After first identifying the business use cases, the next step in the journey is to assemble the data. Unfortunately, in manufacturing, there is so much data coming off of the factory floor, off of connected devices and sensors that data is often in silos. You have data for suppliers, processes, equipment, sales, and many other types of data as well. You need to wrangle that data, put it together, merge it, clean it, filter it if we need to and basically prepare it for analysis.
Once you do that, you can start to automate processes to look for signals such as defects, warranty claims, downtime or yield in the data. After we’ve done some initial exploration we may decide that there’s some standard ways we want to view things. We can create applications for real-time monitoring and dashboards that can be reused with new types of data.
Going beyond basic dashboards you can use advanced analytics applications to build models for further prediction based analyses. Some of your input data could be pressure, temperature, or product measurements. You can use models to check or predict production volumes, equipment failure and product quality.
Once we have a good predictive model, we want to be able to push out alerts. One example of alerts is onto mobile devices.
Goals of manufacturing analytics
The goal of manufacturing analytics is to go from a simple collection and display of data (descriptive) to being able to leverage that data in real time (predictive) for detection of issues with processes and equipment, reducing costs and maximizing efficiencies throughout the supply chain with less overhead and risk. Manufacturing analytics make those insights available to everyone from the CEO down to the shop floor worker.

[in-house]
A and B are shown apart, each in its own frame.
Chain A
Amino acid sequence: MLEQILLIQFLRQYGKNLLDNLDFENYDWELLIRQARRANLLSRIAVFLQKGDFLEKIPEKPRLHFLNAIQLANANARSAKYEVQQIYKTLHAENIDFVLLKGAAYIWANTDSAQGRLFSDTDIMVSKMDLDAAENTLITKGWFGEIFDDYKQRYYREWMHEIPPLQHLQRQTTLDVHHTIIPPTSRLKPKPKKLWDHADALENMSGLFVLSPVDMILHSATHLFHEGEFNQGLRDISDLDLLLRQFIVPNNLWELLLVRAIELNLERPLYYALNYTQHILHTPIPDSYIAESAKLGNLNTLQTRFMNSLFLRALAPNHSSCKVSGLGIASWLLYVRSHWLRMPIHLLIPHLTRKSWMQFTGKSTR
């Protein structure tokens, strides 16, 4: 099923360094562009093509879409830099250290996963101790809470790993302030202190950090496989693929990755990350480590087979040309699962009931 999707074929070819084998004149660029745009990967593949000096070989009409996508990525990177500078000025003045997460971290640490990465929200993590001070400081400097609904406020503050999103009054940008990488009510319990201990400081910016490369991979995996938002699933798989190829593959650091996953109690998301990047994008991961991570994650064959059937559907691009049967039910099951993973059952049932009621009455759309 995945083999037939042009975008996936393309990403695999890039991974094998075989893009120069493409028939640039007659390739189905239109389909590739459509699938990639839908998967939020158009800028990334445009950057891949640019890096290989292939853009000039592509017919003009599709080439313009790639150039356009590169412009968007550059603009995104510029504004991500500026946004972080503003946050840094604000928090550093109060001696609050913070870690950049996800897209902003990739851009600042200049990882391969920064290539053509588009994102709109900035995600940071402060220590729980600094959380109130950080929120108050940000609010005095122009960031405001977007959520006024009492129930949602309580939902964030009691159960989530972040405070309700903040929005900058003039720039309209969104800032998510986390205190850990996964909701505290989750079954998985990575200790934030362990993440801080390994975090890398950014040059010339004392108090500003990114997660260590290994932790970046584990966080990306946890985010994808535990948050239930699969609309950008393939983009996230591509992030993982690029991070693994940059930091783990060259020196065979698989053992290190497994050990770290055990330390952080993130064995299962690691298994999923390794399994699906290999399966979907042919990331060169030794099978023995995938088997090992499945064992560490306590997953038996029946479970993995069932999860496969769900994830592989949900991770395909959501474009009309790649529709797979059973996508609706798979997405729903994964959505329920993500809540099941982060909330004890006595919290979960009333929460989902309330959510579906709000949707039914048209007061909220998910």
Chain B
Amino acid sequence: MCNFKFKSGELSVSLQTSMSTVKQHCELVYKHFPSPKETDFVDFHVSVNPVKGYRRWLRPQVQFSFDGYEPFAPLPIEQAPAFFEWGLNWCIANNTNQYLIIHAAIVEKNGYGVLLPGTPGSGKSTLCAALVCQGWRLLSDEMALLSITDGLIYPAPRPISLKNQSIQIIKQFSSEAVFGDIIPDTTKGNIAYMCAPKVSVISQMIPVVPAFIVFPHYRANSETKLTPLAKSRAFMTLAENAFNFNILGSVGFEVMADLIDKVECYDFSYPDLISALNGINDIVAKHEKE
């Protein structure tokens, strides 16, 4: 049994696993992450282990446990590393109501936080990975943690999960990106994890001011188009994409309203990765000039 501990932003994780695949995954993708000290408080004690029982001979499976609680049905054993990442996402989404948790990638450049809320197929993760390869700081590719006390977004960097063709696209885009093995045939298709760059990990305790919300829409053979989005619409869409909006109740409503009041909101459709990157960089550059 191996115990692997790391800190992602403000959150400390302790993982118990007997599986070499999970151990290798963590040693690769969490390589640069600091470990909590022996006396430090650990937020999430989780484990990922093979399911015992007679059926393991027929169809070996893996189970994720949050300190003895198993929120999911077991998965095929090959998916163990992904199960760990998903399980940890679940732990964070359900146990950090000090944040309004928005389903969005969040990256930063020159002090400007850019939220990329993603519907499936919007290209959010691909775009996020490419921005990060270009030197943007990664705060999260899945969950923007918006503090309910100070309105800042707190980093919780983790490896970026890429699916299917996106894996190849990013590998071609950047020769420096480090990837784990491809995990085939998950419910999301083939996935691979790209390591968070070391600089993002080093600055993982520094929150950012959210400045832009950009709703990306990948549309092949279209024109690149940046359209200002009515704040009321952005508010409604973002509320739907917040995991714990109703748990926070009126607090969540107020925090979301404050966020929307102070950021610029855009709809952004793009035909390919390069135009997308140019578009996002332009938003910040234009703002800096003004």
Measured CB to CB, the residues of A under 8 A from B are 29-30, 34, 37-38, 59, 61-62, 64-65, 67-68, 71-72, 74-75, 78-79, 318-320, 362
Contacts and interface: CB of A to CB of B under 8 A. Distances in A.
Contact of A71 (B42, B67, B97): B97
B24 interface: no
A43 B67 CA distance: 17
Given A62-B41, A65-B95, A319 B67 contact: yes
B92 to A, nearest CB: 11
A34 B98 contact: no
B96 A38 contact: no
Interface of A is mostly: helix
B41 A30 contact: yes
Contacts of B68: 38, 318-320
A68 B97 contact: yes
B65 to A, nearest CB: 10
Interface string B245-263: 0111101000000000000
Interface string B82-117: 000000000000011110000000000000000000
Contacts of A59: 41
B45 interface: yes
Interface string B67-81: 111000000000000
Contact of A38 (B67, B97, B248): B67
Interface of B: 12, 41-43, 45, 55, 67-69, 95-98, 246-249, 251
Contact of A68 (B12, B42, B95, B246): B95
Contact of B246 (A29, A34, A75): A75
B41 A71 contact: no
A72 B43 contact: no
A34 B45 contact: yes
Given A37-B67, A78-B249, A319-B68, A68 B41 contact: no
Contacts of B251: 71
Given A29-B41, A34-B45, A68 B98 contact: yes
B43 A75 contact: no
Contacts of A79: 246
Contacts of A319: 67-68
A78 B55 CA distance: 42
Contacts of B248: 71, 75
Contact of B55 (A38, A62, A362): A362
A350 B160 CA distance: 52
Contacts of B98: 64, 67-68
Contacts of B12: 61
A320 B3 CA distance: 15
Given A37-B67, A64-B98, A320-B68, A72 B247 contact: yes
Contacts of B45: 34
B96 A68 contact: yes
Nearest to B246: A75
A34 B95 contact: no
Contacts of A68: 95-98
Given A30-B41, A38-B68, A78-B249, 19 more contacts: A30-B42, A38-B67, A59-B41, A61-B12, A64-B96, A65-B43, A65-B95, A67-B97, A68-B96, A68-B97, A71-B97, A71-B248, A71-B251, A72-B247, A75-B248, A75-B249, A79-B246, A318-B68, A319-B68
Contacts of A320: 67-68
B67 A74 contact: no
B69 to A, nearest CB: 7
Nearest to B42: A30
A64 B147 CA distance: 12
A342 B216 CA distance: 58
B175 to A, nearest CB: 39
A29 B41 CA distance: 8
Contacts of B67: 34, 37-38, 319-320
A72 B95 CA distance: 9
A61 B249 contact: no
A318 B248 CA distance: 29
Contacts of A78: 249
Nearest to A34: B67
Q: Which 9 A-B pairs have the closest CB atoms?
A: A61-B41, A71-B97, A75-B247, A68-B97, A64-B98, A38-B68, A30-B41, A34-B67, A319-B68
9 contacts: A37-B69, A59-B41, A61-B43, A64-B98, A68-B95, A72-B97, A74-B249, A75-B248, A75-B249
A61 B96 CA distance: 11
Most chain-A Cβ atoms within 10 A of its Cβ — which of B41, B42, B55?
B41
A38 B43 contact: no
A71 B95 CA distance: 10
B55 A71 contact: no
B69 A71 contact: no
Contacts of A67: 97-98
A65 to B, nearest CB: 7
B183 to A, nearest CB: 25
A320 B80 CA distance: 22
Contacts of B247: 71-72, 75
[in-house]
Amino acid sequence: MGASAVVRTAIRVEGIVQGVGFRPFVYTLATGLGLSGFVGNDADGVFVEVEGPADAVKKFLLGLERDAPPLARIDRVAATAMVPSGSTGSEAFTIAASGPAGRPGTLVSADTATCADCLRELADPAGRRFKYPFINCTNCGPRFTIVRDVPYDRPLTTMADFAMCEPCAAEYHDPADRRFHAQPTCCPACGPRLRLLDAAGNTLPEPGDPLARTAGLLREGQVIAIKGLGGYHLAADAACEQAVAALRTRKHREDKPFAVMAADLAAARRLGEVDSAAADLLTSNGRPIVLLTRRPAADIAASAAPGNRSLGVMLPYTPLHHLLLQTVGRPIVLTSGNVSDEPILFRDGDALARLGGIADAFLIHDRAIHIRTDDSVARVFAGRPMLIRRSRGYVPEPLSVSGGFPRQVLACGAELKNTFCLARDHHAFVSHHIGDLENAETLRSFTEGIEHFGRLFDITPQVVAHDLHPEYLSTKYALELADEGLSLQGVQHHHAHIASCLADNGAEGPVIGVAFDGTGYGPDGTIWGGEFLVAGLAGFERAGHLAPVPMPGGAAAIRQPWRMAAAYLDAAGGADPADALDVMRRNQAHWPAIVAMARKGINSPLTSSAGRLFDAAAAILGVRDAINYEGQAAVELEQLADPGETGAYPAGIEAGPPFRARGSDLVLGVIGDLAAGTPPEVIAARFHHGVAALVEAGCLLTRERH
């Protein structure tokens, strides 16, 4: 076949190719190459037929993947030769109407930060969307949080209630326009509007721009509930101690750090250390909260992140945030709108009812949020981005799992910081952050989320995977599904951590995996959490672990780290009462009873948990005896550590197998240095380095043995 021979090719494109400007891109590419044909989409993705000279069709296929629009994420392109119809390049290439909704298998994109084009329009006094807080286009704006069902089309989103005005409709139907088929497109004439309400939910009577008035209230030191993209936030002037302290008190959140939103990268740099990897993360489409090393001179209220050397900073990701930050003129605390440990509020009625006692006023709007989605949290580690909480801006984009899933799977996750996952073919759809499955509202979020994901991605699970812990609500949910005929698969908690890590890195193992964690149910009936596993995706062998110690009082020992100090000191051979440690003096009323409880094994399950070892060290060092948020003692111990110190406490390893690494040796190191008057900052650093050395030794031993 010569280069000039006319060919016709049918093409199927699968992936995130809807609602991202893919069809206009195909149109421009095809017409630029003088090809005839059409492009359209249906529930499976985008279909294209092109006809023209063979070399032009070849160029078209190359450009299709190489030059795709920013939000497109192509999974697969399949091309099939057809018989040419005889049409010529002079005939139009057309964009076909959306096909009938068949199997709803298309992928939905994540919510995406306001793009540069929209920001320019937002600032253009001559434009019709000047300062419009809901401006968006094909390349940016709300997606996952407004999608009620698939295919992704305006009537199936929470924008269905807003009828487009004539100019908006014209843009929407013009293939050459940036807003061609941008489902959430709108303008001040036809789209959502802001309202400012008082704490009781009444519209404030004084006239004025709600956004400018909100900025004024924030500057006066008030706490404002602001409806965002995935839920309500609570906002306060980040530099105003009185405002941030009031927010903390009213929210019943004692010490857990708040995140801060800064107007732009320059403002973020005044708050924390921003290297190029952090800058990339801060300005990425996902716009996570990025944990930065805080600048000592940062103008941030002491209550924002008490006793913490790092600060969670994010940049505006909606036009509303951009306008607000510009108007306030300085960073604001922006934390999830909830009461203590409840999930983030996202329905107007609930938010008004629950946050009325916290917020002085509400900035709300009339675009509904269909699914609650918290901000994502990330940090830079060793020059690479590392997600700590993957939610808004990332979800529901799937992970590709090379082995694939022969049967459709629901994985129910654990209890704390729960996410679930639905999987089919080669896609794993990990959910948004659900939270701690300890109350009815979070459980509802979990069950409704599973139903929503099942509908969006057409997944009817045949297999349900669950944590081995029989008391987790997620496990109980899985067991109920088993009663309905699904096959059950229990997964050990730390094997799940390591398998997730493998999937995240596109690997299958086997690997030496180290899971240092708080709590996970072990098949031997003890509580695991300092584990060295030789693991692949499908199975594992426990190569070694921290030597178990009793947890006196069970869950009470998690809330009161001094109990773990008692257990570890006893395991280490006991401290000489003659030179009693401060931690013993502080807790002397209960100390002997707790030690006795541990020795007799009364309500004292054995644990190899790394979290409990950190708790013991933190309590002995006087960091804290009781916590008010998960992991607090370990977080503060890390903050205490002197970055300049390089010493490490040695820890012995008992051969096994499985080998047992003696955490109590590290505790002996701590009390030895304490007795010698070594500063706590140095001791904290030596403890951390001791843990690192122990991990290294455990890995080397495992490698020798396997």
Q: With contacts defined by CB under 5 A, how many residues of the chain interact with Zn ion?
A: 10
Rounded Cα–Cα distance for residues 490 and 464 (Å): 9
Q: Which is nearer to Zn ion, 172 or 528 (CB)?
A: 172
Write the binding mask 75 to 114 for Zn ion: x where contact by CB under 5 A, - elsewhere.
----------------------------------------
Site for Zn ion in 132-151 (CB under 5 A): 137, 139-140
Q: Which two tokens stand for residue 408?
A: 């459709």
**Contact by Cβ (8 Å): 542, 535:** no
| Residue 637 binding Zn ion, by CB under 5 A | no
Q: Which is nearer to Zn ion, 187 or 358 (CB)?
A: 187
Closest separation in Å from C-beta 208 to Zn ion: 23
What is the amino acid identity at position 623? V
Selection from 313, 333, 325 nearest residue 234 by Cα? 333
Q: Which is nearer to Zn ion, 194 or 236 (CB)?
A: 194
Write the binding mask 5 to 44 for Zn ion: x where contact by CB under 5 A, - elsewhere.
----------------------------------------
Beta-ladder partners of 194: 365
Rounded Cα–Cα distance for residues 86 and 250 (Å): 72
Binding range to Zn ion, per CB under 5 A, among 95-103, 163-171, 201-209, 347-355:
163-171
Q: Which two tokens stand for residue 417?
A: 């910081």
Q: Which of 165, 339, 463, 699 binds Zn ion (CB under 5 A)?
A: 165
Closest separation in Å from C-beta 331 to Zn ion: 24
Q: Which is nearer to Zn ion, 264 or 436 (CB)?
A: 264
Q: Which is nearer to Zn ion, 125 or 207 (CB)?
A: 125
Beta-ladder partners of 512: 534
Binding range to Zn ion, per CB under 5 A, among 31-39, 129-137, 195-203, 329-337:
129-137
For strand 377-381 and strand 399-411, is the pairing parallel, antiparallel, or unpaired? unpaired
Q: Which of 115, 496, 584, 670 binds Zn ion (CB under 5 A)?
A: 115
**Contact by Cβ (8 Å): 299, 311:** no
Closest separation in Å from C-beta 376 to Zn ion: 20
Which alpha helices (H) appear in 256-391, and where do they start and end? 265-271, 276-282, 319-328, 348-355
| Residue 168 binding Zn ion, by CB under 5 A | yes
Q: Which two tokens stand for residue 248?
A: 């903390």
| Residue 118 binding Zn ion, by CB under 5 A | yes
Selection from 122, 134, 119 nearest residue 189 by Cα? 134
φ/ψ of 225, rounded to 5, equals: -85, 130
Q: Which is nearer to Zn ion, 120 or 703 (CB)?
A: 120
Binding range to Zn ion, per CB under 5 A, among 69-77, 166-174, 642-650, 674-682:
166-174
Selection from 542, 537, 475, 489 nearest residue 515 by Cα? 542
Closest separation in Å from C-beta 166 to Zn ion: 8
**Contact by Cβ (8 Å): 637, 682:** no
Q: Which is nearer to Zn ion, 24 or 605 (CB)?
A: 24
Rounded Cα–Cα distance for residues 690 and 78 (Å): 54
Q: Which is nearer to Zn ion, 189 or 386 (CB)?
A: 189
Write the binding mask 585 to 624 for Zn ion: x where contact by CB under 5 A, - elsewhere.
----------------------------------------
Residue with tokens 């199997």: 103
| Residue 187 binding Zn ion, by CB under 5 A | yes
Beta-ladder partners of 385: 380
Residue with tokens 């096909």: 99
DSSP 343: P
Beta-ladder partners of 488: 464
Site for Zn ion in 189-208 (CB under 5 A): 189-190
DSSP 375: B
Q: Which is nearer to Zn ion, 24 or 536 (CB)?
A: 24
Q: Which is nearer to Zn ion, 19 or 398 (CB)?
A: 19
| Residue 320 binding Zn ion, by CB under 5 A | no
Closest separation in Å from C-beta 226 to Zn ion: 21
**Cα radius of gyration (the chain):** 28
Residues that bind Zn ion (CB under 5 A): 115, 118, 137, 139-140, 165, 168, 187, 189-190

Manufacturing analytics can help improve the quality of a company’s end product. It does this through several processes such as data-driven product optimization, managing defect density levels and analyzing customer feedback and purchasing trends. Data-driven product optimization can rely on IoT sensors and machine learning models to optimize production based on many factors. By analyzing product usage in detail, manufacturers can reduce or increase components that lead to higher usage rates. As a manufacturer, you must keep your defect density ratio low. With data collected from digital factories, manufacturers can now more specifically understand process states that lead to increased defect density. Customer analytics enable you to understand customers’ buying habits and lifestyle preferences. Armed with the information of future buying behaviors, manufacturers can more accurately produce and deliver what customers actually want.
Manufacturing analytics can also increase production yield and throughput. One of the main ways it does this is through anomaly detection. Anomaly detection can alert factory supervisors of defects in their products early on in production so they can resolve issues quickly and without affecting the output. Anomaly detection utilizes a combination of IoT sensors, historical data, and machine learning algorithms to detect unusual data which might be an indication of a developing problem.
Manufacturing analytics can also reduce risks and costs associated with downtime or equipment failures. This is accomplished by identifying bottlenecks or unprofitable production lines, and by anticipating failures and decreasing machine downtime to reduce costs with predictive maintenance of critical assets.